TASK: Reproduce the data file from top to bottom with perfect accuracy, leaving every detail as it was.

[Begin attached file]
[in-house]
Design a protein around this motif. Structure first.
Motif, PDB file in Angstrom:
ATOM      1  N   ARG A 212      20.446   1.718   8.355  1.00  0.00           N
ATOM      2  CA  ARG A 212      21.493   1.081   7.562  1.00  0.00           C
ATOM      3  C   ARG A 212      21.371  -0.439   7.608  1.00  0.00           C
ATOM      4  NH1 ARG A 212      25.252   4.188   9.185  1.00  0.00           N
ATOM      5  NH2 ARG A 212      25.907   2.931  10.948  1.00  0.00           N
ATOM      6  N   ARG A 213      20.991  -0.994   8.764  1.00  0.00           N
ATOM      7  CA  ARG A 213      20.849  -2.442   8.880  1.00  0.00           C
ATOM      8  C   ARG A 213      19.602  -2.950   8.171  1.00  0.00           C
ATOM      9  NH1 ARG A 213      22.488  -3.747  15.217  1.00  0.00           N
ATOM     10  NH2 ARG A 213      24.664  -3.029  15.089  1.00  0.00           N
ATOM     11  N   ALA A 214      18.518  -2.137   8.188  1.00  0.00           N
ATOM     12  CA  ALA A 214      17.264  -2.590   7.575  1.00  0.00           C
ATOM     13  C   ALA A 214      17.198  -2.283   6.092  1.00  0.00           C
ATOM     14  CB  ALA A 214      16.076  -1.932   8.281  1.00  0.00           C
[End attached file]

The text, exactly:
[in-house]
Design a protein around this motif. Structure first.
Motif, PDB file in Angstrom:
ATOM      1  N   ARG A 212      20.446   1.718   8.355  1.00  0.00           N
ATOM      2  CA  ARG A 212      21.493   1.081   7.562  1.00  0.00           C
ATOM      3  C   ARG A 212      21.371  -0.439   7.608  1.00  0.00           C
ATOM      4  NH1 ARG A 212      25.252   4.188   9.185  1.00  0.00           N
ATOM      5  NH2 ARG A 212      25.907   2.931  10.948  1.00  0.00           N
ATOM      6  N   ARG A 213      20.991  -0.994   8.764  1.00  0.00           N
ATOM      7  CA  ARG A 213      20.849  -2.442   8.880  1.00  0.00           C
ATOM      8  C   ARG A 213      19.602  -2.950   8.171  1.00  0.00           C
ATOM      9  NH1 ARG A 213      22.488  -3.747  15.217  1.00  0.00           N
ATOM     10  NH2 ARG A 213      24.664  -3.029  15.089  1.00  0.00           N
ATOM     11  N   ALA A 214      18.518  -2.137   8.188  1.00  0.00           N
ATOM     12  CA  ALA A 214      17.264  -2.590   7.575  1.00  0.00           C
ATOM     13  C   ALA A 214      17.198  -2.283   6.092  1.00  0.00           C
ATOM     14  CB  ALA A 214      16.076  -1.932   8.281  1.00  0.00           C